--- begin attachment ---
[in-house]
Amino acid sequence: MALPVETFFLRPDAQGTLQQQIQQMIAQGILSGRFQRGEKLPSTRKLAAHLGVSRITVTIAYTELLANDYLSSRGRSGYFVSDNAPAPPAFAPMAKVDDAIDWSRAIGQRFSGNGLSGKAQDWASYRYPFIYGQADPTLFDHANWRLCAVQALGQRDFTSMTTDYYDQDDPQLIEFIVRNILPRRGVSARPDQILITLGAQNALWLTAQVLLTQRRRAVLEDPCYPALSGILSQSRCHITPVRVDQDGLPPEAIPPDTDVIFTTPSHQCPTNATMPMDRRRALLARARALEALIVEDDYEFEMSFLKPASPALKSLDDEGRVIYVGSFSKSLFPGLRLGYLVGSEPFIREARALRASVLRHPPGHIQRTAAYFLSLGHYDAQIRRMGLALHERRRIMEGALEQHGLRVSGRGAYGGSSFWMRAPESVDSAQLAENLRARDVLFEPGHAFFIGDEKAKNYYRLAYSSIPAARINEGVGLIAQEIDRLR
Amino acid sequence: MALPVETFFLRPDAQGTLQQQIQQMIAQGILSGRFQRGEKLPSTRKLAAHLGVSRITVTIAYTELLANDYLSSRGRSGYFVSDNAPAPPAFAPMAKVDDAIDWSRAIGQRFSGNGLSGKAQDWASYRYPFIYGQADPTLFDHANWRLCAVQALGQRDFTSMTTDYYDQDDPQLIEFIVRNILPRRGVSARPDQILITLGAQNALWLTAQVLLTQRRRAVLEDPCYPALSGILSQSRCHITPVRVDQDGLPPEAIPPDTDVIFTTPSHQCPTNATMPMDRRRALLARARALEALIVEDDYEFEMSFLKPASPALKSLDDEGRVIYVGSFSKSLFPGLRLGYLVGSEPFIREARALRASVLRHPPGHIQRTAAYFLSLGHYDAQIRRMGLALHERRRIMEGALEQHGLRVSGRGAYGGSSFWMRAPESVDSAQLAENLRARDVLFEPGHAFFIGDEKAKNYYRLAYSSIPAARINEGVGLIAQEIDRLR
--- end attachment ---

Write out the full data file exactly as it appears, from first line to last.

[in-house]
Amino acid sequence: MALPVETFFLRPDAQGTLQQQIQQMIAQGILSGRFQRGEKLPSTRKLAAHLGVSRITVTIAYTELLANDYLSSRGRSGYFVSDNAPAPPAFAPMAKVDDAIDWSRAIGQRFSGNGLSGKAQDWASYRYPFIYGQADPTLFDHANWRLCAVQALGQRDFTSMTTDYYDQDDPQLIEFIVRNILPRRGVSARPDQILITLGAQNALWLTAQVLLTQRRRAVLEDPCYPALSGILSQSRCHITPVRVDQDGLPPEAIPPDTDVIFTTPSHQCPTNATMPMDRRRALLARARALEALIVEDDYEFEMSFLKPASPALKSLDDEGRVIYVGSFSKSLFPGLRLGYLVGSEPFIREARALRASVLRHPPGHIQRTAAYFLSLGHYDAQIRRMGLALHERRRIMEGALEQHGLRVSGRGAYGGSSFWMRAPESVDSAQLAENLRARDVLFEPGHAFFIGDEKAKNYYRLAYSSIPAARINEGVGLIAQEIDRLR
Amino acid sequence: MALPVETFFLRPDAQGTLQQQIQQMIAQGILSGRFQRGEKLPSTRKLAAHLGVSRITVTIAYTELLANDYLSSRGRSGYFVSDNAPAPPAFAPMAKVDDAIDWSRAIGQRFSGNGLSGKAQDWASYRYPFIYGQADPTLFDHANWRLCAVQALGQRDFTSMTTDYYDQDDPQLIEFIVRNILPRRGVSARPDQILITLGAQNALWLTAQVLLTQRRRAVLEDPCYPALSGILSQSRCHITPVRVDQDGLPPEAIPPDTDVIFTTPSHQCPTNATMPMDRRRALLARARALEALIVEDDYEFEMSFLKPASPALKSLDDEGRVIYVGSFSKSLFPGLRLGYLVGSEPFIREARALRASVLRHPPGHIQRTAAYFLSLGHYDAQIRRMGLALHERRRIMEGALEQHGLRVSGRGAYGGSSFWMRAPESVDSAQLAENLRARDVLFEPGHAFFIGDEKAKNYYRLAYSSIPAARINEGVGLIAQEIDRLR